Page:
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SERIES: (None)
LEVEL: Year, MintMark, & Major Variety

1849 $5 Mormon (Regular Strike)

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PCGS AU58

PCGS AU55

PCGS AU55
Image courtesy of BluCC Photos
PCGS #:
10262
Diameter:
Designer:
Weight:
Edge:
Mintage:
Metal Content:
Other
Auction Record:
$92,000 • AU55 • 11-7-2006 • Stack's
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Condition Census (Explain) Show more rows
Pos Grade Thumbnail Pedigree and History
1 MS60 PCGS grade  
2 AU58 PCGS grade

Allan Collection

2 AU58 PCGS grade  
2 AU58 PCGS grade  
2 AU58 PCGS grade  
Condition Census (Explain) Show fewer rows
Pos Grade Thumbnail Pedigree and History
1 MS60 PCGS grade  
2 AU58 PCGS grade

Allan Collection

2 AU58 PCGS grade  
2 AU58 PCGS grade  
2 AU58 PCGS grade  
2 AU58 estimated grade  

Eric P. Newman Numismatic Education Society - Heritage 11/2014:3474, $58,750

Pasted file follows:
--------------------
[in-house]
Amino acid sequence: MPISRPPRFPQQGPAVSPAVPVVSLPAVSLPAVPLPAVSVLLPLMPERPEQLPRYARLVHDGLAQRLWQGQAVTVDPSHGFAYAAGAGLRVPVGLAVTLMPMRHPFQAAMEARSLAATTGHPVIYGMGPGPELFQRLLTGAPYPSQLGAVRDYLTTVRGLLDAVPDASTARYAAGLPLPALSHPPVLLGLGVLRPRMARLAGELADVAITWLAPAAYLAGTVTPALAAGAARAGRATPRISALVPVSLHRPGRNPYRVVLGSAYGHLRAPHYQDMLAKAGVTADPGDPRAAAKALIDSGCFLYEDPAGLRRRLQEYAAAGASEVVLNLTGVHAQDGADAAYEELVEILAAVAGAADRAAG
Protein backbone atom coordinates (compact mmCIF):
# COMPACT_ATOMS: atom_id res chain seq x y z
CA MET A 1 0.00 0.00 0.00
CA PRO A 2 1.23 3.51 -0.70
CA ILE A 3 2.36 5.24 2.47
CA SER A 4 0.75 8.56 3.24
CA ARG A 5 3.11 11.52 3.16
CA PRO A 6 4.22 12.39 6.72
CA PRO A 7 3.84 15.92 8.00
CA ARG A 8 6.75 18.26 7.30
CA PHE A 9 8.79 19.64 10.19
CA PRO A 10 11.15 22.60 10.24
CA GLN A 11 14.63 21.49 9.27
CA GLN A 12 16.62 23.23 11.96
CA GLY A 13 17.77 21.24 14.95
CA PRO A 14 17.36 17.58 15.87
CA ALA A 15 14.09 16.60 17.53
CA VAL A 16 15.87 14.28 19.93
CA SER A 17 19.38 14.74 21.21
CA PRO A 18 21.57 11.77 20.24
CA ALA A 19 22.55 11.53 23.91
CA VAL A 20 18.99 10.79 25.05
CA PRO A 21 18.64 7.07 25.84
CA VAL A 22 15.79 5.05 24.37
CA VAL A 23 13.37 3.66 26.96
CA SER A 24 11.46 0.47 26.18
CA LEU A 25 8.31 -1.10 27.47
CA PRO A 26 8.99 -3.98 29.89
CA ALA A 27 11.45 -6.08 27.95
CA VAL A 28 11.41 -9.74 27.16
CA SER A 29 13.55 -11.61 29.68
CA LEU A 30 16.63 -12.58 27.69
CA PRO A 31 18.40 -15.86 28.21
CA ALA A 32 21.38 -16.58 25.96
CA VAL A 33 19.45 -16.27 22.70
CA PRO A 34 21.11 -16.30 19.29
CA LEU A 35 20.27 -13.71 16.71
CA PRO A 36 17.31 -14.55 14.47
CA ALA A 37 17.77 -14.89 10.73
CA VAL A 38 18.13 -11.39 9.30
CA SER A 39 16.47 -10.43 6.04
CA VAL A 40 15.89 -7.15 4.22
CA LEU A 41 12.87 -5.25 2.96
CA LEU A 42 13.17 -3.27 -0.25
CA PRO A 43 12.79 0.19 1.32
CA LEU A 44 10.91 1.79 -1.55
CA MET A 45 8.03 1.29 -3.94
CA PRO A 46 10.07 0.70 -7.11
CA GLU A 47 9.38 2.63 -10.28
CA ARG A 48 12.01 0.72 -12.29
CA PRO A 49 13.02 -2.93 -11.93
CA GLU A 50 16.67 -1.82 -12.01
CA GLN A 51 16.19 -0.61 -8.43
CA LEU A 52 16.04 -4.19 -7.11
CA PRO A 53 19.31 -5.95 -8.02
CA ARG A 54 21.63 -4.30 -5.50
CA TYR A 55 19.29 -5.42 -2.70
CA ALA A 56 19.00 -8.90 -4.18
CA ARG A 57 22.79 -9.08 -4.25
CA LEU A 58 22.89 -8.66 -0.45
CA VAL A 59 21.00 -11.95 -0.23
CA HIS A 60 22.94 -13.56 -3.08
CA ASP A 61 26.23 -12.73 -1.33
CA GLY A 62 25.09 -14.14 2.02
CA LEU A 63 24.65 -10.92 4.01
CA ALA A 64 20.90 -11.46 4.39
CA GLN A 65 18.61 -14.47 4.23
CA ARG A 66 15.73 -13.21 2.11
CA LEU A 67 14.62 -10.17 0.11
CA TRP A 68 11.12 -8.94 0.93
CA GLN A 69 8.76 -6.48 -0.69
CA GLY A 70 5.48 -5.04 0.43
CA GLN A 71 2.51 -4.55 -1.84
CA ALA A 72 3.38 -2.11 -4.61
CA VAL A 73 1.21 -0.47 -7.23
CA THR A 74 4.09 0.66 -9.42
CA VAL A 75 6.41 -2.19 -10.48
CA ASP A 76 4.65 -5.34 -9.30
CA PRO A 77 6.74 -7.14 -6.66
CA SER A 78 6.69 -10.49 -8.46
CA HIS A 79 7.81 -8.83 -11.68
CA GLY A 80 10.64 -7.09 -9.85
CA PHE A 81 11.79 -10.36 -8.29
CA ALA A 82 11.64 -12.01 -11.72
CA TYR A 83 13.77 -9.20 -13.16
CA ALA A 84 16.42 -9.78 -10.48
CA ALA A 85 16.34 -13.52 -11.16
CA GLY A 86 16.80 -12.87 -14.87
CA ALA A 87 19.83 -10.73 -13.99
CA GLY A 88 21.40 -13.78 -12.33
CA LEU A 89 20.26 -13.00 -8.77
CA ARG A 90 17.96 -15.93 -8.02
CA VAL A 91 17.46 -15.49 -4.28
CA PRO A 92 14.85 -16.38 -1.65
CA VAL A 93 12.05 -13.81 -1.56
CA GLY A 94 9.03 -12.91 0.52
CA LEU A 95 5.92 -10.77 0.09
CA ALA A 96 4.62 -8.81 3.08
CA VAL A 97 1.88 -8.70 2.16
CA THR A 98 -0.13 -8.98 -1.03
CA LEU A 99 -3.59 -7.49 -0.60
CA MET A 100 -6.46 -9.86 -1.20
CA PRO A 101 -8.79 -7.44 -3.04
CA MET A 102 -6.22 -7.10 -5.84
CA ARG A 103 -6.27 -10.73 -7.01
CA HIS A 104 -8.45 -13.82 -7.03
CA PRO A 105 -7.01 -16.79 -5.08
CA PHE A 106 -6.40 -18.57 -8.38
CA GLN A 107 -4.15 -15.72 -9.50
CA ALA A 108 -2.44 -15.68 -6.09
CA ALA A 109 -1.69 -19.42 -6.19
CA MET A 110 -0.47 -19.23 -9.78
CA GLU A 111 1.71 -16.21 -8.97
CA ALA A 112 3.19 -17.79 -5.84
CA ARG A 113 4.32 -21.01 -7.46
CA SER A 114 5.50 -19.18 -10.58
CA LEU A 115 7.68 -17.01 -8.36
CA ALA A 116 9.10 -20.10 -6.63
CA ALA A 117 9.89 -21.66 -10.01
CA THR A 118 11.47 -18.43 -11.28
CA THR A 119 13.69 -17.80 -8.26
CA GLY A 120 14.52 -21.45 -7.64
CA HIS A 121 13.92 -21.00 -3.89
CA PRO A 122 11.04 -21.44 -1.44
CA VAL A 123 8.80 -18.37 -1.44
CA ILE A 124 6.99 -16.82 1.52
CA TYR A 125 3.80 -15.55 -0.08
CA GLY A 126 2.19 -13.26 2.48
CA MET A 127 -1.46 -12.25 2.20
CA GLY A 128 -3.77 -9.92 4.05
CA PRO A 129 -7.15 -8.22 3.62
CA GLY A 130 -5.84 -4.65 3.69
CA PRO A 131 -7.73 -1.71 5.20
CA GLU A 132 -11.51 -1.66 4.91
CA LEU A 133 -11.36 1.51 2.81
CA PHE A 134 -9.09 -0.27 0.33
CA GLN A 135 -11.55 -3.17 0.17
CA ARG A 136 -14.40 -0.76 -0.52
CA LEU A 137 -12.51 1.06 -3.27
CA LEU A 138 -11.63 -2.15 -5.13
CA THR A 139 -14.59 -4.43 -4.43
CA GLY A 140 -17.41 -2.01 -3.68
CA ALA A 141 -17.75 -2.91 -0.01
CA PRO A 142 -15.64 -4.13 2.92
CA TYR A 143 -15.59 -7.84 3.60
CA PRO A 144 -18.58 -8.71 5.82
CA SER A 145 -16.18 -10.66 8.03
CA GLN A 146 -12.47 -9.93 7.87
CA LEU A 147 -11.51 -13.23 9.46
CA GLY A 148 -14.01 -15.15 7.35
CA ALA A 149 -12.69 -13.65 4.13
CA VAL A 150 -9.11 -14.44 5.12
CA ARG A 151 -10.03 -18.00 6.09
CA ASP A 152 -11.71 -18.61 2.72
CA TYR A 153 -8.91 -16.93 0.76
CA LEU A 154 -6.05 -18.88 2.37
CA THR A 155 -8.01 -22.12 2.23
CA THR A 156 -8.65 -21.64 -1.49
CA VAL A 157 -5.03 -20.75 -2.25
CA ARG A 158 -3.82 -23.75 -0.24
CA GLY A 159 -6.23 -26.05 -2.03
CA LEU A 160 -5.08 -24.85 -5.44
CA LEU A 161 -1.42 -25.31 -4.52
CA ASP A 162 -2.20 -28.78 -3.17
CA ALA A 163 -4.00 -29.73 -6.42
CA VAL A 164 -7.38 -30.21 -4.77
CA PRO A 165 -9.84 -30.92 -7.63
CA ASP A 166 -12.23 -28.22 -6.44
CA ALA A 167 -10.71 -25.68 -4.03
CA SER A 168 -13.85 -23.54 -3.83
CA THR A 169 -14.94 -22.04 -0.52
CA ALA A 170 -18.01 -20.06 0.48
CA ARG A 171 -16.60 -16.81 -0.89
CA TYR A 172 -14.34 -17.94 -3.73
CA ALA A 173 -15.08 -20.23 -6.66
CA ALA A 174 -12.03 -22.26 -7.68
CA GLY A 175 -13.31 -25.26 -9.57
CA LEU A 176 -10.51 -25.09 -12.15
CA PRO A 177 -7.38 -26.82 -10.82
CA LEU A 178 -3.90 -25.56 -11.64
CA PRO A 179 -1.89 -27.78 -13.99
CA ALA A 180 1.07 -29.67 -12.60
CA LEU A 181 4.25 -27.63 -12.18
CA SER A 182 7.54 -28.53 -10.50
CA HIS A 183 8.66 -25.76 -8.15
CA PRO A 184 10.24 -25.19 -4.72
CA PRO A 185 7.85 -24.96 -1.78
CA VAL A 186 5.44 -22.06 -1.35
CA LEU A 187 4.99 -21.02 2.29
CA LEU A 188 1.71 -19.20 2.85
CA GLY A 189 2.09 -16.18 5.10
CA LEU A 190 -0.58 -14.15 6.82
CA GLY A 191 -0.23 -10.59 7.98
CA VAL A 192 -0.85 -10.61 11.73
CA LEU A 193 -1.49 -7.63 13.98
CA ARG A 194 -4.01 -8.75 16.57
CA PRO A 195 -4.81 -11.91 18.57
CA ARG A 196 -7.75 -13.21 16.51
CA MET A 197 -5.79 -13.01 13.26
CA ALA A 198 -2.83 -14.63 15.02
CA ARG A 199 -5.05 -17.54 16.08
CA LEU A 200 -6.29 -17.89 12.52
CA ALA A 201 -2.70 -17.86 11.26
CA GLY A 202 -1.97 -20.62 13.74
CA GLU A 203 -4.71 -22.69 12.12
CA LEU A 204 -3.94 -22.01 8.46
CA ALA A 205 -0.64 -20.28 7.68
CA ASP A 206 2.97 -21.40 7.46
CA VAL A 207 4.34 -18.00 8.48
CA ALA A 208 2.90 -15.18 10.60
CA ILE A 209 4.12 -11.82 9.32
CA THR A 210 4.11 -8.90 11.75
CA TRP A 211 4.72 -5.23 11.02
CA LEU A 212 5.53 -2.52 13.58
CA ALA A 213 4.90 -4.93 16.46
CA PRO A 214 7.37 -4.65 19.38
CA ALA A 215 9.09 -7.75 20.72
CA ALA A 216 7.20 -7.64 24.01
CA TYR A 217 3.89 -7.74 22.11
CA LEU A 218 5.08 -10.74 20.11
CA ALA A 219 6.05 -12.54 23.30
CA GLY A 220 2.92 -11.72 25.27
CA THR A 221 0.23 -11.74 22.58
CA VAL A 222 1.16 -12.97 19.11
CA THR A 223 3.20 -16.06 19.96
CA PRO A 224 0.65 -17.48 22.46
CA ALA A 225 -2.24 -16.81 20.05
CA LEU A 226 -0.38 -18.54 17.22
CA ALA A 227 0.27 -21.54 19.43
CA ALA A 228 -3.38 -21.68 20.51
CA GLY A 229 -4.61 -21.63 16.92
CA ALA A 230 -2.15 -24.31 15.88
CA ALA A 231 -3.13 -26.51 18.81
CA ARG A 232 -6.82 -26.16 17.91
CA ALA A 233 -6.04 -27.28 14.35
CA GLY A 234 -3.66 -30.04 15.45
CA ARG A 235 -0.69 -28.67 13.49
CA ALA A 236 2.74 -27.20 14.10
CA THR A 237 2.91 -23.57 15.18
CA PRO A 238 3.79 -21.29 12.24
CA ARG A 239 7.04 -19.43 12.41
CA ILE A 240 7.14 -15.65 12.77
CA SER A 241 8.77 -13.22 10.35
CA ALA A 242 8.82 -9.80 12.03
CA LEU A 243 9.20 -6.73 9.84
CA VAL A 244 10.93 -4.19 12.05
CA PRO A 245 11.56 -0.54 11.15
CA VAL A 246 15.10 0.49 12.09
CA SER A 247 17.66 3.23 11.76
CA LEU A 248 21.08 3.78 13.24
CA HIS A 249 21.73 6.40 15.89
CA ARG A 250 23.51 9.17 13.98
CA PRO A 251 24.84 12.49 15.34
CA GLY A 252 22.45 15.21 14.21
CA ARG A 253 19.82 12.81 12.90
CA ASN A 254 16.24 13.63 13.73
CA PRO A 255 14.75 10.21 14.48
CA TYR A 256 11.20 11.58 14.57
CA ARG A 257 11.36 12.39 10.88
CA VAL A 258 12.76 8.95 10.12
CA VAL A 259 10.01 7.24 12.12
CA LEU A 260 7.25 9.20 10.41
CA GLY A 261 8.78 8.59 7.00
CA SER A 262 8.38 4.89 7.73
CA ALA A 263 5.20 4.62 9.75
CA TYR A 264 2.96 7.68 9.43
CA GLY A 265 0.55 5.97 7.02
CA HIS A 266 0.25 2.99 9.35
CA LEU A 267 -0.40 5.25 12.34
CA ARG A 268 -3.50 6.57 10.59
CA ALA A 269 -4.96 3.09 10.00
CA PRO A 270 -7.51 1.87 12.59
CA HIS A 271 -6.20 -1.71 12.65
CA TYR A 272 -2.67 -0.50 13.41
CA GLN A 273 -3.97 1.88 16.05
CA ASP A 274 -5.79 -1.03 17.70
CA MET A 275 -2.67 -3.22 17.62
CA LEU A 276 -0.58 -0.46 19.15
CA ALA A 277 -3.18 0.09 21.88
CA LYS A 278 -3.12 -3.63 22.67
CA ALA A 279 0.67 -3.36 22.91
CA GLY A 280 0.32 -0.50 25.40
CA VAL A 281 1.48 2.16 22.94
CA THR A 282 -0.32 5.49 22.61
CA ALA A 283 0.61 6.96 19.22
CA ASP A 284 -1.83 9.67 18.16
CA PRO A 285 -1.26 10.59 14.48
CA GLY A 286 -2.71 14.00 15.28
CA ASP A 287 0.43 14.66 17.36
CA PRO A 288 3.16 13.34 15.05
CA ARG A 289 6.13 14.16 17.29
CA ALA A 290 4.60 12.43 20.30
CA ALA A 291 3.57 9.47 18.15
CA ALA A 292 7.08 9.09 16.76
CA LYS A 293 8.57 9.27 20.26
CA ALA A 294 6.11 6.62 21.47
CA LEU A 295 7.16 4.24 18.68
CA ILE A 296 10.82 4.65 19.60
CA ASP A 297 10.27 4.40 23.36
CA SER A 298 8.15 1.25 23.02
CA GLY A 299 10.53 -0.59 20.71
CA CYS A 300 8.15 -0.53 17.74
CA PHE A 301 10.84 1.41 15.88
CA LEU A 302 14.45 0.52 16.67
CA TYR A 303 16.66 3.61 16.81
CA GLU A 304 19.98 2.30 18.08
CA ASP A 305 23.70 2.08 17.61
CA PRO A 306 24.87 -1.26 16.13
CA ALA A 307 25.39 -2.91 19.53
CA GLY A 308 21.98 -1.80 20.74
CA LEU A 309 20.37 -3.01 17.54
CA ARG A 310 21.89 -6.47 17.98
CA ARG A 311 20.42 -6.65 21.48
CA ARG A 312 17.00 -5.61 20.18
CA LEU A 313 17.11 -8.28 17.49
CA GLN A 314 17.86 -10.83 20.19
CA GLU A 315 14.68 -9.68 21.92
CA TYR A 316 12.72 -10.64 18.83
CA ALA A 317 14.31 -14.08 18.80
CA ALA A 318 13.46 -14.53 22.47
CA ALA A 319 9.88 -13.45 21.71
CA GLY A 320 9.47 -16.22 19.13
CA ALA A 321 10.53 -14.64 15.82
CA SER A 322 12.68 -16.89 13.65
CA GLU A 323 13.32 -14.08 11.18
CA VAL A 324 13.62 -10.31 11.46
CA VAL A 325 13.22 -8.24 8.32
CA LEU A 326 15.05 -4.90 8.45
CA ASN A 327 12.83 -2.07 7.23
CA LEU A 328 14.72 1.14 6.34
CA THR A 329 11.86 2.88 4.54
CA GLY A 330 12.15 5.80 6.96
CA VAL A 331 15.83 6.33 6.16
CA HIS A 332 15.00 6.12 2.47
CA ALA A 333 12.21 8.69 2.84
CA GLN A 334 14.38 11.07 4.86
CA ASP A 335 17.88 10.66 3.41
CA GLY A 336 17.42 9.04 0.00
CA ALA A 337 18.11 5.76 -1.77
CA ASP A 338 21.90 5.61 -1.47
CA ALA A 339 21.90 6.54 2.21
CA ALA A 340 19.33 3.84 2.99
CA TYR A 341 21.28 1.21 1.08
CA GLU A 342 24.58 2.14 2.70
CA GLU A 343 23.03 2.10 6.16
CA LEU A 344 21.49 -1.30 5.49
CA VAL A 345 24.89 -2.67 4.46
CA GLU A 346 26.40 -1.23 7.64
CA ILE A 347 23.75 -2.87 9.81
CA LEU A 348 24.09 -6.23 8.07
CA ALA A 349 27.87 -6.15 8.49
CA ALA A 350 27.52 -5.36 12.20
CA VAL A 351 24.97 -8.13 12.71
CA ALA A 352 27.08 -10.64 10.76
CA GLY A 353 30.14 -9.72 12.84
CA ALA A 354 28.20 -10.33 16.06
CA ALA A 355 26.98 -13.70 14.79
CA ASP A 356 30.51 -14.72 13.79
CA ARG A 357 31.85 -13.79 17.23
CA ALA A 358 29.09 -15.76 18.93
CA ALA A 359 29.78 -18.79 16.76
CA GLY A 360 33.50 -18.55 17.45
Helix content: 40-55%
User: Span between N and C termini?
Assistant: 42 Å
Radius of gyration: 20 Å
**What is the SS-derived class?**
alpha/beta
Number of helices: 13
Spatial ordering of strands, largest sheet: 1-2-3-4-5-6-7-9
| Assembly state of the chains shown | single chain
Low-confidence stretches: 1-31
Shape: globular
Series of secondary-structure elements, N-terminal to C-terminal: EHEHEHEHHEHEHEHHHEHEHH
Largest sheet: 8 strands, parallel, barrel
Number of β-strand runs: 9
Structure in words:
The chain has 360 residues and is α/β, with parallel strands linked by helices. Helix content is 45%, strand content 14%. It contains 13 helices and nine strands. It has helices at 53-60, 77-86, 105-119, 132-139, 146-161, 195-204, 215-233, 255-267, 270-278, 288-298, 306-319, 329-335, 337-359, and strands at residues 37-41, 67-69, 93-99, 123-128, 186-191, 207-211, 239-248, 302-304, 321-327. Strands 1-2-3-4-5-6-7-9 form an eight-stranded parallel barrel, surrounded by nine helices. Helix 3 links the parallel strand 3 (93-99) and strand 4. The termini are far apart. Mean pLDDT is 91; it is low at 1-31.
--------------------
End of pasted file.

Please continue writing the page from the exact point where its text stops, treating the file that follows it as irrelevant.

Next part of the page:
7 AU55 PCGS grade

Ex Jack Klausen

7 AU55 PCGS grade  

Riverboat Collection - Heritage 4/2014:5454 (as PCGS AU55 10001882), $76,375

7 AU55 PCGS grade  
7 AU55 PCGS grade  
Ron Guth:

Varieties:
Kagin 2 - Rare
Kagin Restrike 3 in Gilt Copper - 3 known
Kagin Restrike 3a in Gilt Copper - 1 known

Notes:
Breen estimated the mintage of the Mormon $5 gold coins at 5,340 pieces, but this was purely a guess based on an extrapolation of a 1950 figure of $75,000 for all Mormon gold issues struck between 1848 and 1851.

Several AU55 or better examples are known, though they appear on the market infrequently.  The best example known to us is the NGC MS61 from the Eric Newman collection.

The obverse abbreviation "G.S.L.C.P.G." stands for "Great Salt Lake City Pure Gold".  However, an assay of the various Mormon gold issues performed at the United States Mint in 1850 showed the coins to be underweight and debased.  The gold for these coins came not from Salt Lake City, nor anywhere else in Utah, but from the gold fields of California!

The obverse die was later used (Kagin believes in 1898) to create uniface impressions in gilt copper (see Kagin 3).

The reverse die was later used (Kagin believes in 1898) to create uniface impressions in gilt copper (see Kagin 3a).

Sources and/or recommended reading:
"Private Gold Coins And Patterns Of The United States" by Donald H. Kagin, PhD

"Walter Breen's Complete Encyclopedia Of U.S. And Colonial Coins" by Walter Breen